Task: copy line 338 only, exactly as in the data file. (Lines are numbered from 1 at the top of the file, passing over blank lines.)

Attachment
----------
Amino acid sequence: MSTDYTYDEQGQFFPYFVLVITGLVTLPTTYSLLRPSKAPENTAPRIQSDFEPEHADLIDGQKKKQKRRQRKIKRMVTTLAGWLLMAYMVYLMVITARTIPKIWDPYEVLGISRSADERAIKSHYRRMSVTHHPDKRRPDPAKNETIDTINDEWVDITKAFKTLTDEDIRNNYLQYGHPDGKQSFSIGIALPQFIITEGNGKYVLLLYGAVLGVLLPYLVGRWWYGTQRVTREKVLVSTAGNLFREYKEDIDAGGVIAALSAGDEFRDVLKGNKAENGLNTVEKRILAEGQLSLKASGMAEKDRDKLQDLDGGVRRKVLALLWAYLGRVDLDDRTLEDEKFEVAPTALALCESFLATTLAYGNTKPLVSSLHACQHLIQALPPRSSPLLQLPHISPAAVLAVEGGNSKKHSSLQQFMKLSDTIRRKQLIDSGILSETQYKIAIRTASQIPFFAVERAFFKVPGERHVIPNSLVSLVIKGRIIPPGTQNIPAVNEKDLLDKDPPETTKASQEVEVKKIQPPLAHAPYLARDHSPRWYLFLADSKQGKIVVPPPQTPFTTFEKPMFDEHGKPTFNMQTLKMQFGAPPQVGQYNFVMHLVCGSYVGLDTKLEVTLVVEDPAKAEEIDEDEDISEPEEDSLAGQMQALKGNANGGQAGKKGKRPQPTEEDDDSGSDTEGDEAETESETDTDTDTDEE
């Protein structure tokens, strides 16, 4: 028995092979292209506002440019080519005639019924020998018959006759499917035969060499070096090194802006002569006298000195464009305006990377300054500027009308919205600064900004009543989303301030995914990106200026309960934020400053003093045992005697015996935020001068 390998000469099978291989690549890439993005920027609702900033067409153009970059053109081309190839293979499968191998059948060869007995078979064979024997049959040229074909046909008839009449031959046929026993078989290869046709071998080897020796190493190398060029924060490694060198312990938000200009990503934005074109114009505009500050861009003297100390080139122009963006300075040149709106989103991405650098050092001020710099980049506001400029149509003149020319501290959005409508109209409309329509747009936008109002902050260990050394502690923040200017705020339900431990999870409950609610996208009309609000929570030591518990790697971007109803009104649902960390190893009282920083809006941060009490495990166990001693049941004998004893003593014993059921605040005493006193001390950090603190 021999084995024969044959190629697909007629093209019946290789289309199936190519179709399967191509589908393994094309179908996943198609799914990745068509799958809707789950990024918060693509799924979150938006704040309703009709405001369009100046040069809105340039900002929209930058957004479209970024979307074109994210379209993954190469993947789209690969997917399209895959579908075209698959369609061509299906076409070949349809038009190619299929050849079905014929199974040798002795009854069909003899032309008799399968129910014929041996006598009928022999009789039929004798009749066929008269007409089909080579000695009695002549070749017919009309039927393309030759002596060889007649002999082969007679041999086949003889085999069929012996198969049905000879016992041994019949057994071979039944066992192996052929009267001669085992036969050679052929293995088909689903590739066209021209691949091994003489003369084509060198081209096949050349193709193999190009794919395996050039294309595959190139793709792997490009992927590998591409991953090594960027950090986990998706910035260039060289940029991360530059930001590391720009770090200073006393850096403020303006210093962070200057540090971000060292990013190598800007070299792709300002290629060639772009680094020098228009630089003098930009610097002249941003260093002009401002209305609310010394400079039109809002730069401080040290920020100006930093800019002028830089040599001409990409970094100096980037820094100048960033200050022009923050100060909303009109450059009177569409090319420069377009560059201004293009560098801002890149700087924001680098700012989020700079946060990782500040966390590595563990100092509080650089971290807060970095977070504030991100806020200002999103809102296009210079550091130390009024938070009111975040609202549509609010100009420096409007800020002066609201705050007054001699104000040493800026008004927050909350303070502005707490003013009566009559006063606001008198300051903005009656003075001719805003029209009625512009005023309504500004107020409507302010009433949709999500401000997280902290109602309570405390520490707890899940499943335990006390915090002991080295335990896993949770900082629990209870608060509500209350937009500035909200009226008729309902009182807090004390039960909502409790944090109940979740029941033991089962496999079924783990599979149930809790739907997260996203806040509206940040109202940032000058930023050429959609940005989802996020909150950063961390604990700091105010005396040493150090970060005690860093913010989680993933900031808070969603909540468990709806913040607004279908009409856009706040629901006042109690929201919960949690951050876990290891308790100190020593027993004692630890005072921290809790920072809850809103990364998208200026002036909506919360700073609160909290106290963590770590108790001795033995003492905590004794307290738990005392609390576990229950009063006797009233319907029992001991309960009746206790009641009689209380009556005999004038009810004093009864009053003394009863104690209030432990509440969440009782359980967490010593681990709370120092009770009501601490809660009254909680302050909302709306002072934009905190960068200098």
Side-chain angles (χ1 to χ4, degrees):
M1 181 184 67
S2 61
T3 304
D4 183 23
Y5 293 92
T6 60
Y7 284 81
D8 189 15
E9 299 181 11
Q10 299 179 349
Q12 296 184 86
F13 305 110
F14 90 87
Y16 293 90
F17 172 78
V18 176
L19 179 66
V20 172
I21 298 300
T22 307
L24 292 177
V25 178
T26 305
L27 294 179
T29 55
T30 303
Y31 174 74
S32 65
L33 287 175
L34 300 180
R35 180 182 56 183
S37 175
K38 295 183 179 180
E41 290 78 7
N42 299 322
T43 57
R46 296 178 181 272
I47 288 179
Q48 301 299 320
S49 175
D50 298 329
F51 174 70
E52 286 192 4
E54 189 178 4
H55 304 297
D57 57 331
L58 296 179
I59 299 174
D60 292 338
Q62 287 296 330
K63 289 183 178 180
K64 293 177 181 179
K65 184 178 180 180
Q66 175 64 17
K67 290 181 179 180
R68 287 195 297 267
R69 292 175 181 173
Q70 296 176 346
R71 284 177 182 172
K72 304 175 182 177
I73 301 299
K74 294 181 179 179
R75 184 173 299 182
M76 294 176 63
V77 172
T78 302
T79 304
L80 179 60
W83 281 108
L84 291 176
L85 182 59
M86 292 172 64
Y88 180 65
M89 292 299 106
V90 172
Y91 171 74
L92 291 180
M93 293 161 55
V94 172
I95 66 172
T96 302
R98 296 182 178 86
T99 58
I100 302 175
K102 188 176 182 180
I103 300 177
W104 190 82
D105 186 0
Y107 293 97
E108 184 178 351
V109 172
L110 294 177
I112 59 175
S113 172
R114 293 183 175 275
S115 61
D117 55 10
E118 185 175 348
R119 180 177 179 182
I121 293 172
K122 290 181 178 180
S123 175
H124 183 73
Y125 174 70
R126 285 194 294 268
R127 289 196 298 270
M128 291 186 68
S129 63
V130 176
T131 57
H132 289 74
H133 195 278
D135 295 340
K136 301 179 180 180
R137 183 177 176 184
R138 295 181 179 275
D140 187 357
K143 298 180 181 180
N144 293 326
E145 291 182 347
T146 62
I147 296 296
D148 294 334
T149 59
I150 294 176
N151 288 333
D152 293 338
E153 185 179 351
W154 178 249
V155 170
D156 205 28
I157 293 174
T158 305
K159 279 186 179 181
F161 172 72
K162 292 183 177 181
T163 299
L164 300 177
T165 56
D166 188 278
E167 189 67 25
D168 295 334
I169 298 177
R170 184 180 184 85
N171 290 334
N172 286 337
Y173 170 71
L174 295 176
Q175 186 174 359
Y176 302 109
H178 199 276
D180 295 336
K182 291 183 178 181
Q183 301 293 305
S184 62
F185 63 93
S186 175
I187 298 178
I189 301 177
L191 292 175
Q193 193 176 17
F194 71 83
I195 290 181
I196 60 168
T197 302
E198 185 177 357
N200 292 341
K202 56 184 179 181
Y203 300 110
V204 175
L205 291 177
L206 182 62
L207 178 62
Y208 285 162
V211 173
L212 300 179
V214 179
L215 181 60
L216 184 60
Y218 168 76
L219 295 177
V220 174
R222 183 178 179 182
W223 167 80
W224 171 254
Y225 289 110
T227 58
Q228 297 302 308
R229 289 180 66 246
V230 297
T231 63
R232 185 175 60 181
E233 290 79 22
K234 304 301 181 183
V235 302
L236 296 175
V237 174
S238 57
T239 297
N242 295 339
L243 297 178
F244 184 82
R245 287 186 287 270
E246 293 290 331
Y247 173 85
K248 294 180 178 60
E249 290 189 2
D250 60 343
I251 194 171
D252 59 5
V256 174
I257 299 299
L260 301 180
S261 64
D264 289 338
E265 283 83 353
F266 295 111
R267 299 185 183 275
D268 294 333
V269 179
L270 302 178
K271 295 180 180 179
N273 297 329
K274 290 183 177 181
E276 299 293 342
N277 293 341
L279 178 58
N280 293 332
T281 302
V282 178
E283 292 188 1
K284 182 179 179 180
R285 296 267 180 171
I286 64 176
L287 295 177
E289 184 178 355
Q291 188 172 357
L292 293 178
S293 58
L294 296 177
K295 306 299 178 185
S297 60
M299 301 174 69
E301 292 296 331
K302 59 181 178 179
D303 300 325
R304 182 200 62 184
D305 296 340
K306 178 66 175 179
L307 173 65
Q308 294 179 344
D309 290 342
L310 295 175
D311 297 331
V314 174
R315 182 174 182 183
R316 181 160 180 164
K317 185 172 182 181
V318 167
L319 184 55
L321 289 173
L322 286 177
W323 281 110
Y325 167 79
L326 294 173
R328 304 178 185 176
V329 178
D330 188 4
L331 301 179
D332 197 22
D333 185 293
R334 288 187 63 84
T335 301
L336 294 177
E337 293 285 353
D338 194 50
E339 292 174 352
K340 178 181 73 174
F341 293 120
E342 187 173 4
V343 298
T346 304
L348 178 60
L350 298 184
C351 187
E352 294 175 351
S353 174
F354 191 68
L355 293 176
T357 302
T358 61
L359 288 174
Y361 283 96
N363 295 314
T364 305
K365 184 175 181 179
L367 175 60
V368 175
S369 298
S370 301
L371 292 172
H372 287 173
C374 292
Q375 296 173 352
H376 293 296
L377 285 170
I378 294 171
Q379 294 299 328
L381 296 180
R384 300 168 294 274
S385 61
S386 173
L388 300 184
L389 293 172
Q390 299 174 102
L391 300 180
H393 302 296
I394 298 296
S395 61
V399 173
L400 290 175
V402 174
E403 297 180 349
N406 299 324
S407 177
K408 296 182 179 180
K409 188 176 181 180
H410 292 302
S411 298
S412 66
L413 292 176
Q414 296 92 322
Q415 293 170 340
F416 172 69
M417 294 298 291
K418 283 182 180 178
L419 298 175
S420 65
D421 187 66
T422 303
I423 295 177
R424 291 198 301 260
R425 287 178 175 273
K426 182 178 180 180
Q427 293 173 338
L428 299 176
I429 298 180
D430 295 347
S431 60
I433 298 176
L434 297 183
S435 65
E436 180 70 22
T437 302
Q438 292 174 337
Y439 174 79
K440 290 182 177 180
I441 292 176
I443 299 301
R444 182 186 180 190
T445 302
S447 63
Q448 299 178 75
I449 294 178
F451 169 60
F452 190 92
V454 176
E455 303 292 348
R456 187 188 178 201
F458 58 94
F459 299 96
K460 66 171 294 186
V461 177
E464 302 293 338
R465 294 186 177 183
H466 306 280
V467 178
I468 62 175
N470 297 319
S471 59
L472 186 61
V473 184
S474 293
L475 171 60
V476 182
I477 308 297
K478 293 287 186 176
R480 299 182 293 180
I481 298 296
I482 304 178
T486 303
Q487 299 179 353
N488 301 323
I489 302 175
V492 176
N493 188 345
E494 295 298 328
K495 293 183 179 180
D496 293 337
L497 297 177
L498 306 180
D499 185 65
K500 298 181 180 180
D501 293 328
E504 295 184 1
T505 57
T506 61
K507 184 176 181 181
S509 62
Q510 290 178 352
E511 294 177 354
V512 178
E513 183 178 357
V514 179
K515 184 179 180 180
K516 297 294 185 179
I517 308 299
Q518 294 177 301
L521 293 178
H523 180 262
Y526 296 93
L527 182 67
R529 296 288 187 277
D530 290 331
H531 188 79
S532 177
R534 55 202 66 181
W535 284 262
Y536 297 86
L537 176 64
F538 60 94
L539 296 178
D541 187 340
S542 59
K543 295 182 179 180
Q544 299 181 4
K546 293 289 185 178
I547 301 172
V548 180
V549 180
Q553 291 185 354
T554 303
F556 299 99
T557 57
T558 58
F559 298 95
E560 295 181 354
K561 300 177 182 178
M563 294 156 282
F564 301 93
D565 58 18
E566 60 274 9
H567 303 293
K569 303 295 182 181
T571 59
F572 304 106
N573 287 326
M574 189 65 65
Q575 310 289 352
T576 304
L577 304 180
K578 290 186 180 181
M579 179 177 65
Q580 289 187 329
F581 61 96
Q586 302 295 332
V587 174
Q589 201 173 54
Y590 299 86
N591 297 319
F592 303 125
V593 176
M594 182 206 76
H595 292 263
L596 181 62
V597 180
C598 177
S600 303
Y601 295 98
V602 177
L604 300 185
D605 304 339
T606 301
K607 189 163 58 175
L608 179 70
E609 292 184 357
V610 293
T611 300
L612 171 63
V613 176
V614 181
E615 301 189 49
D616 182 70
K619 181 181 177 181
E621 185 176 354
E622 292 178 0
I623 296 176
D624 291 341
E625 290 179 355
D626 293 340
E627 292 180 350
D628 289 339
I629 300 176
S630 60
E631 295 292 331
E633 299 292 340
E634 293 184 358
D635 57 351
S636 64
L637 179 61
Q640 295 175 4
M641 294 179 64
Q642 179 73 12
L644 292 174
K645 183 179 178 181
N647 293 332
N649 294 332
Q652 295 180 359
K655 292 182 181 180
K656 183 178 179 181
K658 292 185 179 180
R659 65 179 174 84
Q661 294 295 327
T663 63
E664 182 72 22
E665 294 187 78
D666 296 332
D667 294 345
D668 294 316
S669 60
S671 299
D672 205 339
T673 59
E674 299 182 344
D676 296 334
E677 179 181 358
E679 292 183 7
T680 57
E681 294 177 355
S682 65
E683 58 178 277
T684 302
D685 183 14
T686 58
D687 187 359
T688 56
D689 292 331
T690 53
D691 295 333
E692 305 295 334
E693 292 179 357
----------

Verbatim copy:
M417 294 298 291